FerrellFoster.com

Looking at God's World

White folks, it’s our job

It’s our job. The sentiment is being expressed in various ways, so I don’t really know how to attribute the idea. Whatever the phrase’s source, I want to sign up as one of those white people taking responsibility for combating racism in the United States.

White police officers continue to kill black men. This is an expression of racist attitudes that I think some people are not even aware is part of their thinking.

Smartphones and their wonderful cameras prove what African Americans have been saying for centuries. Many white people in authority are afraid of black men, and they use any means of power possible to neutralize them.

In the past white folks could deny it. Black testimony did not count; only white racist testimony counted. Now many whites want to defend these senseless killings because, from their experience, law enforcement officials never behave in such a manner. Black folks have been telling us this over and over and over, and we would not listen.

Last year, I wrote something on racist cops killing black men, and a now former empoloyee didn’t want it to be on the BGCT web site. It was seen as demonizing all cops. Goodness no! Many law enforcement personnel are sacrificial persons who are seeking to serve, but some cops shouldn’t even have a license to carry a weapon because of their racist hatred.

And many Southern whites continue to lift up the Confederacy, the ultimate American symbol of racial subjugation. Some believe the lie that the Civil War was not fought over slavery. Ridiculous! No slavery, no Civil War. And the Confederate spirit continued into the post-Civil War era as Jim Crow laws and other persecution received the full sanctioning of white-controlled Southern governmental bodies. Then came the “New Jim Crow” and incarceration of vast numbers of black and Hispanic males while crime rates among whites were virtually the same.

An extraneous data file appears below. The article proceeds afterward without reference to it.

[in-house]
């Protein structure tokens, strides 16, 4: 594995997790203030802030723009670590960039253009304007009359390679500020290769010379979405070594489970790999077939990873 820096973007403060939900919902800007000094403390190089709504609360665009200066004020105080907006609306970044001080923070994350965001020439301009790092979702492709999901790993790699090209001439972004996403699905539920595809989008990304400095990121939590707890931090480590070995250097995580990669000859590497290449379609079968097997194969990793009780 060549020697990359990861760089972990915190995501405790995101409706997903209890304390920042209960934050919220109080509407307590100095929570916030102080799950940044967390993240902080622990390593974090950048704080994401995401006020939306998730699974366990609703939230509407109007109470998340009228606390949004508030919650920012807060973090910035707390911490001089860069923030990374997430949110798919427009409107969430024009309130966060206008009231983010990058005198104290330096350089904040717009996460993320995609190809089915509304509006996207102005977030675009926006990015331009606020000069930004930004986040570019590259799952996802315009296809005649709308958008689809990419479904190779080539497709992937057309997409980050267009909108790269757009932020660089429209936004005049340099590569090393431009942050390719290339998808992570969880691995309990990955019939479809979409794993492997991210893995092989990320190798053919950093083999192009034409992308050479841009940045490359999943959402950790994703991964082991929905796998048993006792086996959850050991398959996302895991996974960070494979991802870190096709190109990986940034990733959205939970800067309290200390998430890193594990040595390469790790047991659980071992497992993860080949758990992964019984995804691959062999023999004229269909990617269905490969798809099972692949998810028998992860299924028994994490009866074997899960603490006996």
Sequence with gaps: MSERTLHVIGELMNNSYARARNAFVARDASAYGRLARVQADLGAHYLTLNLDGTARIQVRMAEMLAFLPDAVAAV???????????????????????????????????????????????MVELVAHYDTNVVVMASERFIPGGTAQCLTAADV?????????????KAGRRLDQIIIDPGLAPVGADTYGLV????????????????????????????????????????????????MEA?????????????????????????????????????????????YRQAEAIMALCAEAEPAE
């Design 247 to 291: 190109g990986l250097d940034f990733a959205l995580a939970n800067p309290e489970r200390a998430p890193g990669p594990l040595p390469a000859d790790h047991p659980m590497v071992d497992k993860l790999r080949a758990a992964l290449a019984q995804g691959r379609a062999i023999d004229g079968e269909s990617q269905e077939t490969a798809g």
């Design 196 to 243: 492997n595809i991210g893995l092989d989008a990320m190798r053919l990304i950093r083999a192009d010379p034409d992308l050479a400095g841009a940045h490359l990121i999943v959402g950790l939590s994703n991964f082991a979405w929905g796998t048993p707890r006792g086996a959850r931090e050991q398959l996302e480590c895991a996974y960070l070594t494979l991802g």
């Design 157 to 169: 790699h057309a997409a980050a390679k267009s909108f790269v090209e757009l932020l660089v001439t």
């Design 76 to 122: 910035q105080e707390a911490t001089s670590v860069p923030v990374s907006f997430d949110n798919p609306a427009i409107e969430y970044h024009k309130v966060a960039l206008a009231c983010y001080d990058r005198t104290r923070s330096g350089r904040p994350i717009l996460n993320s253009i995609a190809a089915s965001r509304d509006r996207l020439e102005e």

White people need to stand up and stand loud against the killing of black men by white officers, but we also should stand against all forms of pre-judging persons because of their color or ethnicity.

These words will bother some white people, but it should not bother any believer when injustice is highlighted; it should break our hearts and cause us to act, to lift up Jesus in calling for the love of neighbor as we love ourselves. And maybe we should say to love our neighbors who are different from us, not just the ones who are like us.

We need Jesus. I surely need Jesus, because right now I’m having trouble loving some people who look a whole lot like me.

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This entry was posted on July 7, 2016 by in Justice-Criminal, Racial Issues.
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